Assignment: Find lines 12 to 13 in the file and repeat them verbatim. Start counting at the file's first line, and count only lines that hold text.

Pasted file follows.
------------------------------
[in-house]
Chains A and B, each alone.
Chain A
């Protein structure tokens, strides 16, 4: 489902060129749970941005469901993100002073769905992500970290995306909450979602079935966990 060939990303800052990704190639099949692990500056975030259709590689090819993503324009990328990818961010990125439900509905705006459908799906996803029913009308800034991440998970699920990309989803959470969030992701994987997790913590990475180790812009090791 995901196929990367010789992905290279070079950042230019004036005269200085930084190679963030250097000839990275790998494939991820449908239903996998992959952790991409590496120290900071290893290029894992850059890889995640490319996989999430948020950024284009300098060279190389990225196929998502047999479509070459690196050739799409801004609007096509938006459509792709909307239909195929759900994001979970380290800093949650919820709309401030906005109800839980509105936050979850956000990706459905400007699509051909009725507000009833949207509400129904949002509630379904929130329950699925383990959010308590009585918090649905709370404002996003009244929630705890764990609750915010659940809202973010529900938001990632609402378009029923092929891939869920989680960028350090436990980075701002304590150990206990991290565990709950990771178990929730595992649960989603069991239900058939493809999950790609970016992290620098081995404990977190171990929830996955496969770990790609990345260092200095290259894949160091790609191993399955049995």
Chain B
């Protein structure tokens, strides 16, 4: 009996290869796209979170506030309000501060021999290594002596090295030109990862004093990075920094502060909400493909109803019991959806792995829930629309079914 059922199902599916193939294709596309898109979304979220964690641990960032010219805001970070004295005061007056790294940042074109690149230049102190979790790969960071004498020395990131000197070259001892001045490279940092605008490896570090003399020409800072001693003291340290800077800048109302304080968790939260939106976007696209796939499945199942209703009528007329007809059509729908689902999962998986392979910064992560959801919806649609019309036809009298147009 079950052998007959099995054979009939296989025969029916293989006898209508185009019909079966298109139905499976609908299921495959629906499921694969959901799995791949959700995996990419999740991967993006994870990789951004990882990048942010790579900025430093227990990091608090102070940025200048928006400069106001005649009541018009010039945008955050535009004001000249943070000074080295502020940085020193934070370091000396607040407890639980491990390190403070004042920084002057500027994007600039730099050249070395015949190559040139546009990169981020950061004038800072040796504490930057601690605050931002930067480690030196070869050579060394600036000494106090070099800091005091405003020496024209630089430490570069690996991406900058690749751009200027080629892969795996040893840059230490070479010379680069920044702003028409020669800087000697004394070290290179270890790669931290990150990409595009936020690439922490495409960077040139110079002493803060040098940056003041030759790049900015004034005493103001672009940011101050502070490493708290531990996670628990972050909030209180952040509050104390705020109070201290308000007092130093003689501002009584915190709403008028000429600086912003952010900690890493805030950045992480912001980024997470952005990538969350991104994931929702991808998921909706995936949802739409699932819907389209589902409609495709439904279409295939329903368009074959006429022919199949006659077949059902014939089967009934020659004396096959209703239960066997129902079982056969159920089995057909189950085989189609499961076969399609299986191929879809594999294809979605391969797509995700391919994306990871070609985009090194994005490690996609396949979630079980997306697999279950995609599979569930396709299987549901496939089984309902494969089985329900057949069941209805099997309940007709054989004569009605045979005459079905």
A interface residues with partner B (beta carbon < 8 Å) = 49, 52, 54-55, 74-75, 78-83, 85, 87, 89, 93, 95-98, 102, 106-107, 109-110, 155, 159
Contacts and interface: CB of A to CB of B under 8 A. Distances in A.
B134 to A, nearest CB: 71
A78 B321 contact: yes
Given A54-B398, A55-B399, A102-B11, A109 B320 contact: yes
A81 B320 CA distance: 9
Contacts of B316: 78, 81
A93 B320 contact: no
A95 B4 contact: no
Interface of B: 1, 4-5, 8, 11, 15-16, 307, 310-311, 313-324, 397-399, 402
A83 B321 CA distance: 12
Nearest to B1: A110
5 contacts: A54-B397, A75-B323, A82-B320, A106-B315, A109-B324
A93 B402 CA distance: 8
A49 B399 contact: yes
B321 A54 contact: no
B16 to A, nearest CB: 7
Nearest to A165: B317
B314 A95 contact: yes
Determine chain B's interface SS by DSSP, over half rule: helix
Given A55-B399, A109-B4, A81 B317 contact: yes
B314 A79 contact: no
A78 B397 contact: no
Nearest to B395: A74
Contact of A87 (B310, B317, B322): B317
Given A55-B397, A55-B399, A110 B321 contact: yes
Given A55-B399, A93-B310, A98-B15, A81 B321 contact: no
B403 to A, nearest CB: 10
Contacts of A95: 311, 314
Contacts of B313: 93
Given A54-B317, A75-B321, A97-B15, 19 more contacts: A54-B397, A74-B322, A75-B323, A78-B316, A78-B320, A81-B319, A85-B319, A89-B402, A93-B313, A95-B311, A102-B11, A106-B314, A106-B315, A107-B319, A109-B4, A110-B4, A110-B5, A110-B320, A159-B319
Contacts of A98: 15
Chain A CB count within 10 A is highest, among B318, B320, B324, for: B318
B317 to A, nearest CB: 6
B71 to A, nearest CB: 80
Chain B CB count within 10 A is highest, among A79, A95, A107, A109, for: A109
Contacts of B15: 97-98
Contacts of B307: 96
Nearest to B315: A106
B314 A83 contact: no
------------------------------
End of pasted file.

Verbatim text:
A81 B320 CA distance: 9
Contacts of B316: 78, 81